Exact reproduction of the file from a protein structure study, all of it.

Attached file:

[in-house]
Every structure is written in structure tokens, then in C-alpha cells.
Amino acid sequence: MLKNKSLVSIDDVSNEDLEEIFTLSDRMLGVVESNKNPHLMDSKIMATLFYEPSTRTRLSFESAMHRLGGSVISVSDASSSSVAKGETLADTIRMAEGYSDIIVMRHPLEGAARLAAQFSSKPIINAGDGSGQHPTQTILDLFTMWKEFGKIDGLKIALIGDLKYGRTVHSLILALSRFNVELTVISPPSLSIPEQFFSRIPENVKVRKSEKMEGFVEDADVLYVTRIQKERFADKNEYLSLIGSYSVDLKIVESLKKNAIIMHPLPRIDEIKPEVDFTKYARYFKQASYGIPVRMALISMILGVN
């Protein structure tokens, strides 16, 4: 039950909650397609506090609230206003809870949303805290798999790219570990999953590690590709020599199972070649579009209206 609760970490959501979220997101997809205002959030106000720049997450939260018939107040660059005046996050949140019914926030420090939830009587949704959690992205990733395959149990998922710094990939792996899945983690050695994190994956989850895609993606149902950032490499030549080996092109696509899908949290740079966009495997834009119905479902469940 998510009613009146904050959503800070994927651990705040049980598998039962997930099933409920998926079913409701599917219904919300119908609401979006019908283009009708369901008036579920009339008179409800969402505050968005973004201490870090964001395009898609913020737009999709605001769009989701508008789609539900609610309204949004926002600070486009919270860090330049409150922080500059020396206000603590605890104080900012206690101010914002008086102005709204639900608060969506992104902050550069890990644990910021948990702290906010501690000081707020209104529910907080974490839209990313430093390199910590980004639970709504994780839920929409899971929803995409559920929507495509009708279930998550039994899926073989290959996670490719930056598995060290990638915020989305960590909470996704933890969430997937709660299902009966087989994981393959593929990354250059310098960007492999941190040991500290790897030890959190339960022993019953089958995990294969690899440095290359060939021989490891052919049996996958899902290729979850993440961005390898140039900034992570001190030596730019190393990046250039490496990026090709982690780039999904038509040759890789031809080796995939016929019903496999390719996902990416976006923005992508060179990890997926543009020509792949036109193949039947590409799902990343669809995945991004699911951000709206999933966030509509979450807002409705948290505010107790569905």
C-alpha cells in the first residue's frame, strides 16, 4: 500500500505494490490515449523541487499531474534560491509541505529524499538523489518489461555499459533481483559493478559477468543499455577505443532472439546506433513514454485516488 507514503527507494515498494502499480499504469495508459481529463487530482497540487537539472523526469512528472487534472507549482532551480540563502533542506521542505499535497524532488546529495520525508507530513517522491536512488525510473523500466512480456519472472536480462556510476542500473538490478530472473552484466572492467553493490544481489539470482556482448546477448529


[in-house]
Every structure is written in structure tokens, then in C-alpha cells.
Amino acid sequence: MLKNKSLVSIDDVSNEDLEEIFTLSDRMLGVVESNKNPHLMDSKIMATLFYEPSTRTRLSFESAMHRLGGSVISVSDASSSSVAKGETLADTIRMAEGYSDIIVMRHPLEGAARLAAQFSSKPIINAGDGSGQHPTQTILDLFTMWKEFGKIDGLKIALIGDLKYGRTVHSLILALSRFNVELTVISPPSLSIPEQFFSRIPENVKVRKSEKMEGFVEDADVLYVTRIQKERFADKNEYLSLIGSYSVDLKIVESLKKNAIIMHPLPRIDEIKPEVDFTKYARYFKQASYGIPVRMALISMILGVN
């Protein structure tokens, strides 16, 4: 039950909650397609506090609230206003809870949303805290798999790219570990999953590690590709020599199972070649579009209206 609760970490959501979220997101997809205002959030106000720049997450939260018939107040660059005046996050949140019914926030420090939830009587949704959690992205990733395959149990998922710094990939792996899945983690050695994190994956989850895609993606149902950032490499030549080996092109696509899908949290740079966009495997834009119905479902469940 998510009613009146904050959503800070994927651990705040049980598998039962997930099933409920998926079913409701599917219904919300119908609401979006019908283009009708369901008036579920009339008179409800969402505050968005973004201490870090964001395009898609913020737009999709605001769009989701508008789609539900609610309204949004926002600070486009919270860090330049409150922080500059020396206000603590605890104080900012206690101010914002008086102005709204639900608060969506992104902050550069890990644990910021948990702290906010501690000081707020209104529910907080974490839209990313430093390199910590980004639970709504994780839920929409899971929803995409559920929507495509009708279930998550039994899926073989290959996670490719930056598995060290990638915020989305960590909470996704933890969430997937709660299902009966087989994981393959593929990354250059310098960007492999941190040991500290790897030890959190339960022993019953089958995990294969690899440095290359060939021989490891052919049996996958899902290729979850993440961005390898140039900034992570001190030596730019190393990046250039490496990026090709982690780039999904038509040759890789031809080796995939016929019903496999390719996902990416976006923005992508060179990890997926543009020509792949036109193949039947590409799902990343669809995945991004699911951000709206999933966030509509979450807002409705948290505010107790569905």
C-alpha cells in the first residue's frame, strides 16, 4: 500500500505494490490515449523541487499531474534560491509541505529524499538523489518489461555499459533481483559493478559477468543499455577505443532472439546506433513514454485516488 507514503527507494515498494502499480499504469495508459481529463487530482497540487537539472523526469512528472487534472507549482532551480540563502533542506521542505499535497524532488546529495520525508507530513517522491536512488525510473523500466512480456519472472536480462556510476542500473538490478530472473552484466572492467553493490544481489539470482556482448546477448529